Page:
If you are a full time employee, you may use up to 40 hours of sick leave each leave year to provide care for a family member. If you maintain a minimum balance of 80 hours of sick leave in your account, you may be eligible to use an additional 64 hours. The total amount of sick leave that a full-time employee may use for family care is limited to the maximum amount of leave you earn in one year -- 13 days (104 hours ) -- or a prorated amount for part-time employees.
Yes, you may take sick leave for bereavement purposes. You may use any or all of the hours available for family care to make the arrangements or attend the funeral of a family member.
I grew up in my Aunt's home, she was like a mother to me, may I use my sick leave to provide care for her?
Yes. A family member is defined as your spouse; your parents or your spouse’s parents; your children, including adopted children and their spouses; your brothers and sisters and their spouses; or any individual related by blood or affinity whose close association is the equivalent of a family relationship.
Yes, you may borrow up to 240 hours of sick leave or the amount equal to what you earn in one leave year. If you are serving under a temporary or term appointment, you may only borrow an amount of sick leave equal to what you are projected to earn. Submit a request to your supervisor using the Advance Leave Request Form.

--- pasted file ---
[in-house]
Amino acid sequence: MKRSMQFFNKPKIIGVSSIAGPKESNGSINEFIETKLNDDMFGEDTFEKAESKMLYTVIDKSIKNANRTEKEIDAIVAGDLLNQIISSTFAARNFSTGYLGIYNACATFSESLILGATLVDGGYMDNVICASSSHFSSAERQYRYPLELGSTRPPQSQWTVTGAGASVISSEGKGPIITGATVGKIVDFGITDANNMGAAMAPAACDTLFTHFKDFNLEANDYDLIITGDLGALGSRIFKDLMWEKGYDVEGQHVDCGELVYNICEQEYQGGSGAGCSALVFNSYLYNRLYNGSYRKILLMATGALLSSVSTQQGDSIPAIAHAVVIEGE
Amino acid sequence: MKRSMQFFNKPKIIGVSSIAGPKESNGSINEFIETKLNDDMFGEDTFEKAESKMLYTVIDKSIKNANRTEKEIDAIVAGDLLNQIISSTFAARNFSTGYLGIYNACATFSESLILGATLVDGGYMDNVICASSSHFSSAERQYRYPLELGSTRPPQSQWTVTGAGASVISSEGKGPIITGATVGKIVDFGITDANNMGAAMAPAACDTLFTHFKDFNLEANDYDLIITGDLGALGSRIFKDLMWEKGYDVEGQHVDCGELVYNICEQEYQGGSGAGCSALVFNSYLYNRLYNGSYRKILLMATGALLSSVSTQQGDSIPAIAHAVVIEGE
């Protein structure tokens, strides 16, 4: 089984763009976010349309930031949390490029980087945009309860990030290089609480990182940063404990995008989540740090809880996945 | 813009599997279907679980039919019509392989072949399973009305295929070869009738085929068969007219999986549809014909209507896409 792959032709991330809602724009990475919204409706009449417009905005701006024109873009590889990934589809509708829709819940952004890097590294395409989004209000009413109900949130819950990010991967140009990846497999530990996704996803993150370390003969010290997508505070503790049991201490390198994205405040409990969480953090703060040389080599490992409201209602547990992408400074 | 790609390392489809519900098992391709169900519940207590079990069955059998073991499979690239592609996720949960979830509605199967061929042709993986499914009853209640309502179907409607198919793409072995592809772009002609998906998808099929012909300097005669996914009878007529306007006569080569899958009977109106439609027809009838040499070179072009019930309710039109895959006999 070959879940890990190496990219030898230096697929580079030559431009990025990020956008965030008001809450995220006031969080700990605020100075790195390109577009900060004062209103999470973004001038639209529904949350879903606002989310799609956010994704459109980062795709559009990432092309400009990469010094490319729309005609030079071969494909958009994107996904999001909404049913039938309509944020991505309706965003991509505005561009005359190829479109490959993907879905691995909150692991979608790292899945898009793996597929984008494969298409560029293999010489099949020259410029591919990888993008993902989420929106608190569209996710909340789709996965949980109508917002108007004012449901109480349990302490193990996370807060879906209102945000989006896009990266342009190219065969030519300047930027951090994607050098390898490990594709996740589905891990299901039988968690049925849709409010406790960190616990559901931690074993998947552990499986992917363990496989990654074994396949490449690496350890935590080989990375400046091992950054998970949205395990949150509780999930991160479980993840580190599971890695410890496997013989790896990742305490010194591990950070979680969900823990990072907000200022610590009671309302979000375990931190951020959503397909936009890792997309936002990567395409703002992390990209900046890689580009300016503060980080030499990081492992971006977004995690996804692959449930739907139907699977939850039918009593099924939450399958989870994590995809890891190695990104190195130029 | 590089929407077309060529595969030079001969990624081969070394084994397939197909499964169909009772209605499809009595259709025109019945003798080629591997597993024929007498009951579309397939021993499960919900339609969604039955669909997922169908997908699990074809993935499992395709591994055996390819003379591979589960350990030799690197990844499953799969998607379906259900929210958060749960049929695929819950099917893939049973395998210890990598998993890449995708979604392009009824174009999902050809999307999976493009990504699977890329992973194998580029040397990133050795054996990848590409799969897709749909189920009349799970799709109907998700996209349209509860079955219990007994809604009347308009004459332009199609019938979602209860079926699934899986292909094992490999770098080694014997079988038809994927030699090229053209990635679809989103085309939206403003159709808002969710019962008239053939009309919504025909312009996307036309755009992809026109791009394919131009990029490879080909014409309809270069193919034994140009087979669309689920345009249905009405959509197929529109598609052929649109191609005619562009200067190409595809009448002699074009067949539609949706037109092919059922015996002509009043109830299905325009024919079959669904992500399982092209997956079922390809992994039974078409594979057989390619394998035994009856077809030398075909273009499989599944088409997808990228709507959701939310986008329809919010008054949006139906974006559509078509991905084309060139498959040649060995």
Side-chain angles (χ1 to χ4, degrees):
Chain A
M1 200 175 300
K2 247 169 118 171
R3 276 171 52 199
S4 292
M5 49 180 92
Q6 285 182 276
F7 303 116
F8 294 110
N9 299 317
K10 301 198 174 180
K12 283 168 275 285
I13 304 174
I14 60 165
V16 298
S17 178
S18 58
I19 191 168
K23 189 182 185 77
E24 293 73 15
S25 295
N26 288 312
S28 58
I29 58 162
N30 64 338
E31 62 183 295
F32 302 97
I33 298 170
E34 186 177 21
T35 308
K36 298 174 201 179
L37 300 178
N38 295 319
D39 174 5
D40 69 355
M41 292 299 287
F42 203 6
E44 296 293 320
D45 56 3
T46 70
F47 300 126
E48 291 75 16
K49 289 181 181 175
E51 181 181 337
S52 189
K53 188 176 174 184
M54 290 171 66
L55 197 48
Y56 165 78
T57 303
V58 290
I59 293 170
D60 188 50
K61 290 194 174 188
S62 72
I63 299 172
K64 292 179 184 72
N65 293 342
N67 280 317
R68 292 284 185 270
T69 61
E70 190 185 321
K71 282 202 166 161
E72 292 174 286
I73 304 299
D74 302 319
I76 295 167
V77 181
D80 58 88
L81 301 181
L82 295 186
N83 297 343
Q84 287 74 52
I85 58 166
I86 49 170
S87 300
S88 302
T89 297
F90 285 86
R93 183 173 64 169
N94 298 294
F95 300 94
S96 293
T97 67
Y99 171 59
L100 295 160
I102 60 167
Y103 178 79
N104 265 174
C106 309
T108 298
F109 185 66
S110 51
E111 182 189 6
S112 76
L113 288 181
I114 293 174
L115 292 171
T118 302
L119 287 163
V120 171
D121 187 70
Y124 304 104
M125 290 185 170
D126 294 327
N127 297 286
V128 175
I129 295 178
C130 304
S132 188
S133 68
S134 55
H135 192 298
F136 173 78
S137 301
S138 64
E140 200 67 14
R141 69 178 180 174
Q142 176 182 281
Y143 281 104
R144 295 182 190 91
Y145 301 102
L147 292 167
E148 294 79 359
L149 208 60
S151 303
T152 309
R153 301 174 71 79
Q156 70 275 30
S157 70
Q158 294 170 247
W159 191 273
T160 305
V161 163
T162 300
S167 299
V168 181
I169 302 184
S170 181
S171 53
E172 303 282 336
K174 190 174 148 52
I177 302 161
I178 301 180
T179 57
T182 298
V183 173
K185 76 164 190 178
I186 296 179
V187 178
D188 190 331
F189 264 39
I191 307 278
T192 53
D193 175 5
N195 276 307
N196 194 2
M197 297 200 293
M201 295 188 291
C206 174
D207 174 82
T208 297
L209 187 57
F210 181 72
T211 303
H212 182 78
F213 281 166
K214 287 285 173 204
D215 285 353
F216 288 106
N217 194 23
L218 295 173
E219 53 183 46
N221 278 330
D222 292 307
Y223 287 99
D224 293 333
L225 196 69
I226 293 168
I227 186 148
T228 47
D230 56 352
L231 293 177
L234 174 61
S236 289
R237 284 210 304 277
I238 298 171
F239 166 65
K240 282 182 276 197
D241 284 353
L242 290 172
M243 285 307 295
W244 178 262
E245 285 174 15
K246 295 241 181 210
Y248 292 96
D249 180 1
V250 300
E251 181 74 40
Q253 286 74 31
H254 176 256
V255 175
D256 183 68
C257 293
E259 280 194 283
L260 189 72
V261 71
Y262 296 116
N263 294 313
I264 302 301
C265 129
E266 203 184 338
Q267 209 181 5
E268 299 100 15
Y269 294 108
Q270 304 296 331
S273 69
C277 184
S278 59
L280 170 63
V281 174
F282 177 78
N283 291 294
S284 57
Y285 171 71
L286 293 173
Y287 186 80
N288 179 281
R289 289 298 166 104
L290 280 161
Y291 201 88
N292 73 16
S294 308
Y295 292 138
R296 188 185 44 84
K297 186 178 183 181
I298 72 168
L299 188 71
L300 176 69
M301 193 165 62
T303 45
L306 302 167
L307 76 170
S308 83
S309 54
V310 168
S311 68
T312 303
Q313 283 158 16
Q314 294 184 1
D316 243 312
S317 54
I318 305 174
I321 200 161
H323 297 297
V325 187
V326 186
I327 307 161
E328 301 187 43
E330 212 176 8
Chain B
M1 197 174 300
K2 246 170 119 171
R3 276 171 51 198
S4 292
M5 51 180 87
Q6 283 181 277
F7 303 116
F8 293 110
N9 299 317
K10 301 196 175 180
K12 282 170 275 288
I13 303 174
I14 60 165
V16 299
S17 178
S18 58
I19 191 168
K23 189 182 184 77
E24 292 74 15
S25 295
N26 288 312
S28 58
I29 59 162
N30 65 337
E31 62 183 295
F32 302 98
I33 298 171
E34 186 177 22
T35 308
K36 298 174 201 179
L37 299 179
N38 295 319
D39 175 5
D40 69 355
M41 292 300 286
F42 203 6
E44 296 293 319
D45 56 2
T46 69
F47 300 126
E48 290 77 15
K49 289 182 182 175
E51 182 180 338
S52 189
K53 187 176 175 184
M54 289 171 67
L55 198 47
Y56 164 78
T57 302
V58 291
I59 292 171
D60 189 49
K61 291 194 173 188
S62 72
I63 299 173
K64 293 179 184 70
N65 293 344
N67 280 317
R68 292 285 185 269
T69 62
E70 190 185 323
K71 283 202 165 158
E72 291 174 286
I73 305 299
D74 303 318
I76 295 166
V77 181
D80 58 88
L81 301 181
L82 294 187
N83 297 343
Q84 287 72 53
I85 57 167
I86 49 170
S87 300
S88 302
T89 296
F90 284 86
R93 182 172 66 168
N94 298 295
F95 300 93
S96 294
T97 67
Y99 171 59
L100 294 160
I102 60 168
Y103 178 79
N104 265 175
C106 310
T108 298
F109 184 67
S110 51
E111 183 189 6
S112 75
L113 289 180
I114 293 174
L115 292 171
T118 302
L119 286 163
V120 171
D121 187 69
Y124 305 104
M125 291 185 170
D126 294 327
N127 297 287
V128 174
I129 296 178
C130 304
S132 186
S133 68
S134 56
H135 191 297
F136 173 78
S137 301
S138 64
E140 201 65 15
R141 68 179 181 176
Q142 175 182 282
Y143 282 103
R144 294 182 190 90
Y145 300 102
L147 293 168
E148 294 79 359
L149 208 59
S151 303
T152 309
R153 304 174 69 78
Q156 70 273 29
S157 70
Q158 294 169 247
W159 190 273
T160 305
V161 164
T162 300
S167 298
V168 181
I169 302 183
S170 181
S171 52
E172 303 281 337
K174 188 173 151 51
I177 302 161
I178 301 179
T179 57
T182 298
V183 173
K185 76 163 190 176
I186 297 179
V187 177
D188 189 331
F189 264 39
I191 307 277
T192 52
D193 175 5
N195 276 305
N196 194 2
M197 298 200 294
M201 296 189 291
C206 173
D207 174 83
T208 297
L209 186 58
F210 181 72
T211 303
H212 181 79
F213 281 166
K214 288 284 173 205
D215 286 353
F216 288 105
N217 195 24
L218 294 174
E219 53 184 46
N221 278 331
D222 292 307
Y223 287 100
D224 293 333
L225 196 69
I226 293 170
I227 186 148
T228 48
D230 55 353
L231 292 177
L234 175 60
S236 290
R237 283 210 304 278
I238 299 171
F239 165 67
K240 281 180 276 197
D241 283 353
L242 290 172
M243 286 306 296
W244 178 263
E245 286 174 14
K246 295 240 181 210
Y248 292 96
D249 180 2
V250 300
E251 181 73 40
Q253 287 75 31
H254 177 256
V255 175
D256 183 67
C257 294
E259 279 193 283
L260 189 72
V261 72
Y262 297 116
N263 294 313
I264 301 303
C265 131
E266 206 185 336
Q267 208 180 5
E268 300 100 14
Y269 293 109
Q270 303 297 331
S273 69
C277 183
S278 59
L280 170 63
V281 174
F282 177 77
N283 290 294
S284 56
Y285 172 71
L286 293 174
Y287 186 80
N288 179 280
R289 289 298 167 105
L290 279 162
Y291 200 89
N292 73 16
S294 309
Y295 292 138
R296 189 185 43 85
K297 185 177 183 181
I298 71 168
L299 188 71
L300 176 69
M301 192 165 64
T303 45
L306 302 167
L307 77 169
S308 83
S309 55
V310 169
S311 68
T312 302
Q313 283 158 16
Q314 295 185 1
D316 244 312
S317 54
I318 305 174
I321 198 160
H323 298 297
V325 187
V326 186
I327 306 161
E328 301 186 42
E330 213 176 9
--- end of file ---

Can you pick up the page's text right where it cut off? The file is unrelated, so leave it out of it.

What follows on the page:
If you had a break in service, you are entitled to a recredit of sick leave -- that is if your leave was forfeited and you returned to Federal employment on or after December 2, 1994.
Since I can accumulate an unlimited amount of sick leave, is there any limit to the amount of leave I can take?
There is no limit to the amount of sick leave you can accumulate. However, leave should only be used for a serious personal or family illness. Employees who exhibit a pattern of excessive absences may be counseled and/or placed on strict leave use requirements. If the problem is not corrected, supervisors may take progressive disciplinary action -- even removal.
Employees under the Civil Service Retirement System (CSRS) have accrued sick leave credited to their time in service for purposes of computing retirement annuities, but this sick leave time cannot be used to meet minimum time requirements for retirement. This provision does not apply to the Federal Employees Retirement System (FERS).
Excused absence is an authorized absence from duty without loss of pay and without charge to other paid leave. This type of leave is granted sparingly.